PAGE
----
People with Type 1 diabetes in India to double by 2040, says Lancet study. Let's understand the disease

Varsha Vats
Varsha VatsSep 22, 2022 | 18:35

People with Type 1 diabetes in India to double by 2040, says Lancet study. Let's understand the disease

A healthy diet and lifestyle can help maintain blood sugar levels. Photo: Pexels

Diabetes, a non-communicable disease, affects a lot of people every year. India's diabetes numbers are scarier than ever. A recent Lancet study has also stressed on India's worrisome diabetes statistics.

What does the study say? The Lancet Modelling study has revealed that number of people living with Type 1 diabetes in India is set to double by 2040. According to the data, an estimated 8.4 million people were living with Type 1 diabetes in 2021. The data has also revealed that in India approximately one in six young people are dying of Type 1 diabetes without a diagnosis.

The study was published in the Lancet Diabetes & Endocrinology.

India is one of the 10 countries with highest Type 1 diabetes prevalence. The other 9 countries are: USA, Brazil, China, Germany, UK, Russia, Canada, Saudi Arabia and Spain.

These huge numbers make it crucial to understand and create awareness about the disease. Better awareness can help prevent, control and manage diabetes. To clear all your doubts, let’s understand the disease and what exactly you can do to safeguard yourself.

What is diabetes? Diabetes is a chronic condition which affects the way your body uses blood sugar (glucose). A person with diabetes is not able to make or use insulin (a hormone that moves sugar from the blood into your cells) effectively.

The causes of diabetes depend on the type. There are three types of diabetes that can affect an individual:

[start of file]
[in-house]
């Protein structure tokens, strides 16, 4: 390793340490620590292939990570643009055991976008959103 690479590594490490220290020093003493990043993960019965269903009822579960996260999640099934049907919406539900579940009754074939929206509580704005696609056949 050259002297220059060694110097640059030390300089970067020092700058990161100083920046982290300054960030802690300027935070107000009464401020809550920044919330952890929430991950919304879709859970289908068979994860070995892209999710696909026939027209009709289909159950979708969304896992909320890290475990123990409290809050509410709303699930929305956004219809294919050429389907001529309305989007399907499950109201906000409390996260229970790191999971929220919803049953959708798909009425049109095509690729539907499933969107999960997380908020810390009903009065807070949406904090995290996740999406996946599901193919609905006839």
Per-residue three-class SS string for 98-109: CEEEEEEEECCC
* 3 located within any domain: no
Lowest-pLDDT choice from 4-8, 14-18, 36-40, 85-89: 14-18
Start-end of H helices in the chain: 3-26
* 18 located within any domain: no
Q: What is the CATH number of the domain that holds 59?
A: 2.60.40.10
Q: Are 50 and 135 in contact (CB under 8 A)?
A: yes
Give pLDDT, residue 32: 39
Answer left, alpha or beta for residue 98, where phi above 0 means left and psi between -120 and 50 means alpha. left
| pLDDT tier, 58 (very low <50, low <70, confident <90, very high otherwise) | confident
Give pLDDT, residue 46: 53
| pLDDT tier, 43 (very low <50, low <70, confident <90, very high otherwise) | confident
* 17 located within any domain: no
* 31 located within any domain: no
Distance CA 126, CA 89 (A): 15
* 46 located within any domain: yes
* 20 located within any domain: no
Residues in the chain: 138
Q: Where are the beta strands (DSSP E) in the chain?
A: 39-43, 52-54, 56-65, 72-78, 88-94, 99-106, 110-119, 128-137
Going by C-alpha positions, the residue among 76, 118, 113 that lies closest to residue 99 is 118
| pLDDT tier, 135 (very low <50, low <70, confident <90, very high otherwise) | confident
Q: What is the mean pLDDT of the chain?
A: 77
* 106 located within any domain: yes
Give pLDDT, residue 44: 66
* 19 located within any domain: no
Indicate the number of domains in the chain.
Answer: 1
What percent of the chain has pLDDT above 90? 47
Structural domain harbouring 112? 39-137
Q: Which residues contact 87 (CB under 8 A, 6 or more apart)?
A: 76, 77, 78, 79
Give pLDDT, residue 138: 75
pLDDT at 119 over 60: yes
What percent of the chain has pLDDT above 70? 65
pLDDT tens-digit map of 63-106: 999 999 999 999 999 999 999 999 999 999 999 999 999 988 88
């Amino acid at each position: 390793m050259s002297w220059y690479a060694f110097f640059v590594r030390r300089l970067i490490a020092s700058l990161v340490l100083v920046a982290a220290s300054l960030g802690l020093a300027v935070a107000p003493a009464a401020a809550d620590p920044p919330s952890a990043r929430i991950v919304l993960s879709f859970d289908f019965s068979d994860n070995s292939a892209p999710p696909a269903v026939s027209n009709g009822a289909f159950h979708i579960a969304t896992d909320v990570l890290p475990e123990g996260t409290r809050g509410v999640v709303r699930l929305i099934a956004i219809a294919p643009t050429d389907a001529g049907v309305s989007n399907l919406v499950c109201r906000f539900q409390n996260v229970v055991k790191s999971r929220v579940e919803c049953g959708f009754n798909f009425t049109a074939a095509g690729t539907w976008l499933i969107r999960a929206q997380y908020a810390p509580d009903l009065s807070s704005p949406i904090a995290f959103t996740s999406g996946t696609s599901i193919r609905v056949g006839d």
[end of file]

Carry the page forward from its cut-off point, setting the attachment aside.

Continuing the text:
1. Type 1 diabetes: Type 1 diabetes is an autoimmune disease. The cause and prevention of Type 1 diabetes are unknown.

Dr V Mohan, who is diabetes expert, Chairman and Chief Diabetologist of Dr Mohans Diabetes Specialities Centre explains, “Type 1 diabetes is a condition with absolute insulin deficiency. One must ensure that every person living with Type 1 diabetes has access to insulin and that it is affordable. Currently, there is no other treatment for Type 1 diabetes patients. It is however possible for children with Type 1 diabetes lead a healthy life with appropriate insulin supply.”

It was earlier known as juvenile diabetes because it usually starts during childhood and teens. But it can affect anyone at any age.

2. Type 2 diabetes: Unhealthy diet and lifestyle usually contribute to Type 2 diabetes. In this type, the body becomes resistant to insulin and sugar builds up in the body. It is the most common type diabetes and 90% to 95% of diabetes patients suffer from Type 2. This type is reversible during the initial stage.

Maintaining a healthy body weight can help reduce Type 2 diabetes risk. Photo: Pexels

3. Gestational diabetes: This type affects women during pregnancy. The blood sugar levels are high during pregnancy. Gestational diabetes usually occurs only during pregnancy.

Common symptoms of diabetes:

  • Increased hunger and thirst
  • Unintentional weight loss
  • Frequent urination
  • Blurry vision
  • Slow-healing sores
  • Extreme fatigue
  • Constant tiredness and weakness
  • Mood swings
  • Frequent infections

Who are at a higher risk? A person with a family history of diabetes is at a significantly higher risk of developing the disease.

Prediabetes, Type 2 diabetes and gestational diabetes are more common in people at an unhealthy body weight.

Diabetes management: A healthy diet and lifestyle, combined with the right medication help maintain normal blood sugar levels. If left uncontrolled, diabetes can lead to higher risk of heart disease, nerve damage, kidney issues, foot conditions, eye-related issues and much more.

It is crucial for diabetics to check blood sugar levels regularly. Photo: Pexels

Prevention of diabetes: Type 1 diabetes cannot be prevented. One can prevent the other types with the help of a healthy diet, active lifestyle and healthy bodyweight.

Swati Bathwal, nutritionist and diabetes educator from Australia, shares a few prevention tips, “Exclusive breastfeeding for 6 months and continuing for 12 months (once the solids are introduced) is important. One should also check Vitamin D status and supplement where necessary after consultation with a doctor. Fast food intake should also be controlled for better nutrient absorption.”

She also stressed on the importance of educating people about the disease for better management and prevention.

Last updated: September 22, 2022 | 18:35
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